Nafplio

Today we are in Pelo­pon­nesian Naf­plio — Venet­ian built — and for­mer­ly the cap­i­tal of Greece. From here, the plan is to make day trips into Epi­dau­ros to vis­it the heal­ing Tem­ple of Ascle­pius and the leg­endary the­atre along­side her, and to Myce­nae, to vis­it the ancient seat of Greek civ­i­liza­tion. But things are not work­ing exact­ly to plan. The weath­er has changed dra­mat­i­cal­ly, with a chill wind blow­ing red dust (from Ara­bia, no less), trans­form­ing this most exquis­ite of cities into a sin­is­ter twi­light world of wind, haze and dust. To make mat­ter worse, we have checked into the por­ten­tous­ly named “Hotel E_______”, staffed by an elder­ly cou­ple I sus­pect­ed imme­di­ate­ly to be can­ni­bals. In a cost cut­ting ven­ture, there was not a light on in the entire hotel, and despite being the only guests in a 50-plus room build­ing, we were giv­en strict orders about where we could and couldn’t go. As a side note, and to con­tin­ue my new­found pas­time of cat­a­logu­ing the bath­rooms of Europe, “E_______” was about as well endowed with fac­ul­ties as a Sovi­et psy­chi­atric facil­i­ty. One had to spend fif­teen min­utes man­u­al­ly pump­ing water into the toi­let before it would actu­al­ly flush. Which, giv­en the deli­cious figs on offer, was bound to be an issue, in the end.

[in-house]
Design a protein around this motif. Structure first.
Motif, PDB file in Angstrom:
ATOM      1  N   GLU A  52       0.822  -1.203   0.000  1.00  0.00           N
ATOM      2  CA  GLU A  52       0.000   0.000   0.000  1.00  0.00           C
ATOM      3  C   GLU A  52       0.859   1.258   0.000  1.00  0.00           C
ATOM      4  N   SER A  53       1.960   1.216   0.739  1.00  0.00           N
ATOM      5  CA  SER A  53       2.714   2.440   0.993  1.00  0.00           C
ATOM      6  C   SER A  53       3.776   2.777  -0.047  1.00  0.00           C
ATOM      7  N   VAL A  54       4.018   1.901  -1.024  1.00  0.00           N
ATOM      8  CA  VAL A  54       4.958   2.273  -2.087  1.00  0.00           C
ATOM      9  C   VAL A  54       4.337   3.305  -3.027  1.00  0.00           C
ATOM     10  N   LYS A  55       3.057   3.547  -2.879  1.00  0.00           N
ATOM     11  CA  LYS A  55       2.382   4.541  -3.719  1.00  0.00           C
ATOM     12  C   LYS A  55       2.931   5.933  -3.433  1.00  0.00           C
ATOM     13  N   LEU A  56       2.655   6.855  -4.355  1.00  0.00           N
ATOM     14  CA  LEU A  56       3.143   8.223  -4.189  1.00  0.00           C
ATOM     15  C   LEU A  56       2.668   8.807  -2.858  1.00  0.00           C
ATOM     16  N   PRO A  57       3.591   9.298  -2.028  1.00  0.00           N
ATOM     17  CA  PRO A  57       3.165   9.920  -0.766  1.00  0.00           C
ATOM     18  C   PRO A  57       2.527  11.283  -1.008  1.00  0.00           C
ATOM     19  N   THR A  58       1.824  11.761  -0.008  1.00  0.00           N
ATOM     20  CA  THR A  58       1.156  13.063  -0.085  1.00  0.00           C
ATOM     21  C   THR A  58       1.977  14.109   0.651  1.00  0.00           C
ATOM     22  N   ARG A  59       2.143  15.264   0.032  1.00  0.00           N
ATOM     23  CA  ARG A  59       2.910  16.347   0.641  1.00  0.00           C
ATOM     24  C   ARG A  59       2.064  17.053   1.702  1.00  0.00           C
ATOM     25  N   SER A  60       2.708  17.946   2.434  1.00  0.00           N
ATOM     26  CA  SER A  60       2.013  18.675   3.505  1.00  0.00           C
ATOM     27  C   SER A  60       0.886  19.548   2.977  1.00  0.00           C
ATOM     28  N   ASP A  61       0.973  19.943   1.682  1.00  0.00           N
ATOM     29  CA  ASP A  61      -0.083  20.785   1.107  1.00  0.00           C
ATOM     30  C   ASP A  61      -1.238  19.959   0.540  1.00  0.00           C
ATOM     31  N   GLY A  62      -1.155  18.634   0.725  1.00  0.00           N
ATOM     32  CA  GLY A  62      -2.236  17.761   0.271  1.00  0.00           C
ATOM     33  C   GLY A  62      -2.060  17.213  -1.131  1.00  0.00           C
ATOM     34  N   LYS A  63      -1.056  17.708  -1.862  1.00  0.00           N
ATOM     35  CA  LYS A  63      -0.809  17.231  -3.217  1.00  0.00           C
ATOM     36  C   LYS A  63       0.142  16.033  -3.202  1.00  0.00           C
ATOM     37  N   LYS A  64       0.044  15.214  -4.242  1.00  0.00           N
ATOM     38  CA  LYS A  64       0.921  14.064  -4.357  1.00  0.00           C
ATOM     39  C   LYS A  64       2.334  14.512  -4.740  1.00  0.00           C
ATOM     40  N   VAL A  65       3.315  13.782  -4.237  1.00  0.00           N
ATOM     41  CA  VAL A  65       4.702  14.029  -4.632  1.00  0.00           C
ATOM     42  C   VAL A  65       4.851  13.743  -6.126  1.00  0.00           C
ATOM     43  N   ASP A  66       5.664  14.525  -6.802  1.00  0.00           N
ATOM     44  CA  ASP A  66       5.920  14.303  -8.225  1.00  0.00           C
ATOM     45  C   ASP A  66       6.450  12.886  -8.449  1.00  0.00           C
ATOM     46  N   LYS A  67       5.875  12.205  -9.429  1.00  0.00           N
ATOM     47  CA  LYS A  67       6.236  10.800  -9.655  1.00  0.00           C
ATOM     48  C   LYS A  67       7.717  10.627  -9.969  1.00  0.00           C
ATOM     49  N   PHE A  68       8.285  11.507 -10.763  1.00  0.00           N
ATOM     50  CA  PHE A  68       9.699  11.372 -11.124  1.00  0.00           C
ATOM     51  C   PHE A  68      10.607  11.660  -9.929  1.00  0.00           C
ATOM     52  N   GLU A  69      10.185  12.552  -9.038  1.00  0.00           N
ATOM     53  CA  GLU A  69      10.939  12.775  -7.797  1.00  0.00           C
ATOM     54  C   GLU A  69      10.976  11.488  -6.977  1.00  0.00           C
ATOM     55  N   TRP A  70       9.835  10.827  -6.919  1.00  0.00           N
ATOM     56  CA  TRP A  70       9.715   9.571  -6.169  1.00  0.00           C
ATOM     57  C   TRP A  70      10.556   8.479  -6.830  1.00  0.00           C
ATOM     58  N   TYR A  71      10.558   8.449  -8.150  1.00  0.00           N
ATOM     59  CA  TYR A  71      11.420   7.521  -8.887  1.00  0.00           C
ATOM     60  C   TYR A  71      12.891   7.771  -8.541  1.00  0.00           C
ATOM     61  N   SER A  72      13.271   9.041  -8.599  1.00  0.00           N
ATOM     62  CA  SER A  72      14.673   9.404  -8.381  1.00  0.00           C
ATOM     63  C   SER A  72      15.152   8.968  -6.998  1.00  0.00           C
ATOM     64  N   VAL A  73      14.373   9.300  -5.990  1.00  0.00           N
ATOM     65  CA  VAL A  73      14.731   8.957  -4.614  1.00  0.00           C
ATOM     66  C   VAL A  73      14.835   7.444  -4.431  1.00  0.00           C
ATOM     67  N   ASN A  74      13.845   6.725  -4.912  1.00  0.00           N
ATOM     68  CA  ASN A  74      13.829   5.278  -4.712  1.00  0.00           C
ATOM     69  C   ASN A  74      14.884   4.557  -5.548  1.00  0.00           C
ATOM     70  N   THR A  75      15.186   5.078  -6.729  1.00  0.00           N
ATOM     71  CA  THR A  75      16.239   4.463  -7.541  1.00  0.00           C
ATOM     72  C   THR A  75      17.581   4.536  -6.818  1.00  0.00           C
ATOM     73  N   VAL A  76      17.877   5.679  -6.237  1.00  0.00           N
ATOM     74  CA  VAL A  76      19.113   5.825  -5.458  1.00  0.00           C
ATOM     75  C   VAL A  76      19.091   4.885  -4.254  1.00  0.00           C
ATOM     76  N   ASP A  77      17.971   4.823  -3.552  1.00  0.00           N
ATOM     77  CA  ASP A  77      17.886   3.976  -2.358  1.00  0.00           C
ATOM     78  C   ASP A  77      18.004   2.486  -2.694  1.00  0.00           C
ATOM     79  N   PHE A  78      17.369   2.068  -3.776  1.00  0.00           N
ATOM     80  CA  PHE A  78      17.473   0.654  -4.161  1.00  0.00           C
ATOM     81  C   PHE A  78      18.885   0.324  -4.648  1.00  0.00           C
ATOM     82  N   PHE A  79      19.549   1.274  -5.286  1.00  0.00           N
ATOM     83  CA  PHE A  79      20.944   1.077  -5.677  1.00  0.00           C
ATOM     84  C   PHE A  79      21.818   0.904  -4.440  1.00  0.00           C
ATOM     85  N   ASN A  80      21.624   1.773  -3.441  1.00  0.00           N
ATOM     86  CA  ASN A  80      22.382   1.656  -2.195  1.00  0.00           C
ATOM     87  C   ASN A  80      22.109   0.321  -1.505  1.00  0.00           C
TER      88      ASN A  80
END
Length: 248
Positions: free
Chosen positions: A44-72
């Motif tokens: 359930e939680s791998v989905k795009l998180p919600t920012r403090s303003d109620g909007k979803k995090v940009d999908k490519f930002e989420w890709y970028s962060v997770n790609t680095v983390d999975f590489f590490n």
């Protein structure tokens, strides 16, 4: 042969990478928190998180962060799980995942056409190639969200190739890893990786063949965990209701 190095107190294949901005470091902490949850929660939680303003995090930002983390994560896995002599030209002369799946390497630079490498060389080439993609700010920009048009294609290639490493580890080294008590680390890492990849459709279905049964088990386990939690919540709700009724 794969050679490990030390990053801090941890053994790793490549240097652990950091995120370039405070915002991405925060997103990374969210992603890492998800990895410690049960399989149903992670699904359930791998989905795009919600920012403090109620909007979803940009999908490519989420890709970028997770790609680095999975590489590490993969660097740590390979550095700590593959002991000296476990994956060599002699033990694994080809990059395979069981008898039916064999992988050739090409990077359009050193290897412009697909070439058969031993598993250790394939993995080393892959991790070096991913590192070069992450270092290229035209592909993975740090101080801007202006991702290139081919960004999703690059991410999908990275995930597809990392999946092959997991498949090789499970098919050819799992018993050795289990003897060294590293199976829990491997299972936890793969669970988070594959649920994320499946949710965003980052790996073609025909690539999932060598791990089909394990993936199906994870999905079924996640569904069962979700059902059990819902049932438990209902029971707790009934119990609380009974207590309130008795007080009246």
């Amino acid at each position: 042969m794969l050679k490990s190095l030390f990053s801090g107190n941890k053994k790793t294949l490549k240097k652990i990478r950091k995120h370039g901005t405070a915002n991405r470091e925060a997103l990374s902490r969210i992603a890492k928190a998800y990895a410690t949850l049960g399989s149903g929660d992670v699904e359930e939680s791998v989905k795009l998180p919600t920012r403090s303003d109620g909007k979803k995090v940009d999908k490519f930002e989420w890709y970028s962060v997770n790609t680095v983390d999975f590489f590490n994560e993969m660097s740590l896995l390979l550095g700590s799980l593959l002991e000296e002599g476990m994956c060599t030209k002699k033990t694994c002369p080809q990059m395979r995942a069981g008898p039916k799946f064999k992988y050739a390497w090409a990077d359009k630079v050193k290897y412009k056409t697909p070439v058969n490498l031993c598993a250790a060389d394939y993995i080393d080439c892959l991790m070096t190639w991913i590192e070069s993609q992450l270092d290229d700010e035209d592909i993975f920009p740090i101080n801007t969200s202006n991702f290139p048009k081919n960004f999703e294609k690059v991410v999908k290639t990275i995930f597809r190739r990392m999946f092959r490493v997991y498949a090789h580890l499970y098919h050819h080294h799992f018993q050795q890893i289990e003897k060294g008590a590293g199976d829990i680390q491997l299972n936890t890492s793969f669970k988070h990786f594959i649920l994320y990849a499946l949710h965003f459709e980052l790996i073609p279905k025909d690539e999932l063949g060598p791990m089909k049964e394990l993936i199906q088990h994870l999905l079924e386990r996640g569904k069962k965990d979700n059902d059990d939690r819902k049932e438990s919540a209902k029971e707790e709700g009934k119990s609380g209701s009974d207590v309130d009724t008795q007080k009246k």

Well, we made it to Epi­dau­ros all right, and despite a three hour wait for a phan­tom bus ride, had a splen­did time. The next morn­ing was even gusti­er, and we even con­sid­ered throw­ing in our plans to vis­it Myce­nae. Any­thing to get out of this. But the Ara­bi­an winds had weaved a strange mag­ic, and our res­o­lu­tion to make for the ruins, what­ev­er the weath­er, was soon val­i­dat­ed by what can only be called an omen. So sur­re­al was this moment that Jess and I argued for hours whether our wind addled minds had sim­ply con­jured an illu­sion. As we marched irri­ta­bly towards the bus stand, our wits at an end, we found run­ning along­side us on the road, of all things, a pea­cock. A more per­fect spec­i­men of its breed have I nev­er seen, appear­ing as if by mag­ic, or car­ried by storm from Ara­bia. And I kid you not when I write that, as soon as Jess began scram­bling for her cam­era, the thing dis­ap­peared. For five min­utes we stopped and looked for it, but could not find a feath­er. Suf­fice to say, we there­after smiled despite the winds, and spent a mar­vel­lous day wan­der­ing the ruins of Myce­nae, after which the sun re-emerged and the dust cleared, grant­i­ng us one per­fect night beside the waters of Naf­plio.

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